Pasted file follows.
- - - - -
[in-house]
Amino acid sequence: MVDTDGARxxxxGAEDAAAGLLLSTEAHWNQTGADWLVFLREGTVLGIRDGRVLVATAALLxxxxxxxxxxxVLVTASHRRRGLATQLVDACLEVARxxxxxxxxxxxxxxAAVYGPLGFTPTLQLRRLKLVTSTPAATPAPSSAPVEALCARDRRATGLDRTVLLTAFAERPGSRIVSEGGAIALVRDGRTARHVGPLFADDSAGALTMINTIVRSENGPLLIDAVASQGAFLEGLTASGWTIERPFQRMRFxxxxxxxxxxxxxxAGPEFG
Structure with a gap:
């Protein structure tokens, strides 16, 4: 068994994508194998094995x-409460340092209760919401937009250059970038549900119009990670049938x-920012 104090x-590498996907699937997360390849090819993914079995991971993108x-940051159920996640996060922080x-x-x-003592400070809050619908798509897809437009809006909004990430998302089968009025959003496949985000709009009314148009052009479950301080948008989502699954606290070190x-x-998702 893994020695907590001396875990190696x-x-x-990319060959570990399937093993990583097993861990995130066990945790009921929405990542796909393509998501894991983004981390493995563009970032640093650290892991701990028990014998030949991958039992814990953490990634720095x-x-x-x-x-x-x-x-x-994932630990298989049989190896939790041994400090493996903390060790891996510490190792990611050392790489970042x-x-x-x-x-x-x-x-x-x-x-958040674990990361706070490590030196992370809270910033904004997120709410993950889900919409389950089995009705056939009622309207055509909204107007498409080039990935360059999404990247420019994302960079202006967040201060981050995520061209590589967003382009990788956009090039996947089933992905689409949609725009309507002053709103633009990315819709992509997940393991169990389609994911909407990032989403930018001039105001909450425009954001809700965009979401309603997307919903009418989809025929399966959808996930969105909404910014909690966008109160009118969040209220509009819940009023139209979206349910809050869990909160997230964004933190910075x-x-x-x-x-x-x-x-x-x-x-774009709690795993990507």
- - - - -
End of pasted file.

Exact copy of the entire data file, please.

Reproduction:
[in-house]
Amino acid sequence: MVDTDGARxxxxGAEDAAAGLLLSTEAHWNQTGADWLVFLREGTVLGIRDGRVLVATAALLxxxxxxxxxxxVLVTASHRRRGLATQLVDACLEVARxxxxxxxxxxxxxxAAVYGPLGFTPTLQLRRLKLVTSTPAATPAPSSAPVEALCARDRRATGLDRTVLLTAFAERPGSRIVSEGGAIALVRDGRTARHVGPLFADDSAGALTMINTIVRSENGPLLIDAVASQGAFLEGLTASGWTIERPFQRMRFxxxxxxxxxxxxxxAGPEFG
Structure with a gap:
């Protein structure tokens, strides 16, 4: 068994994508194998094995x-409460340092209760919401937009250059970038549900119009990670049938x-920012 104090x-590498996907699937997360390849090819993914079995991971993108x-940051159920996640996060922080x-x-x-003592400070809050619908798509897809437009809006909004990430998302089968009025959003496949985000709009009314148009052009479950301080948008989502699954606290070190x-x-998702 893994020695907590001396875990190696x-x-x-990319060959570990399937093993990583097993861990995130066990945790009921929405990542796909393509998501894991983004981390493995563009970032640093650290892991701990028990014998030949991958039992814990953490990634720095x-x-x-x-x-x-x-x-x-994932630990298989049989190896939790041994400090493996903390060790891996510490190792990611050392790489970042x-x-x-x-x-x-x-x-x-x-x-958040674990990361706070490590030196992370809270910033904004997120709410993950889900919409389950089995009705056939009622309207055509909204107007498409080039990935360059999404990247420019994302960079202006967040201060981050995520061209590589967003382009990788956009090039996947089933992905689409949609725009309507002053709103633009990315819709992509997940393991169990389609994911909407990032989403930018001039105001909450425009954001809700965009979401309603997307919903009418989809025929399966959808996930969105909404910014909690966008109160009118969040209220509009819940009023139209979206349910809050869990909160997230964004933190910075x-x-x-x-x-x-x-x-x-x-x-774009709690795993990507």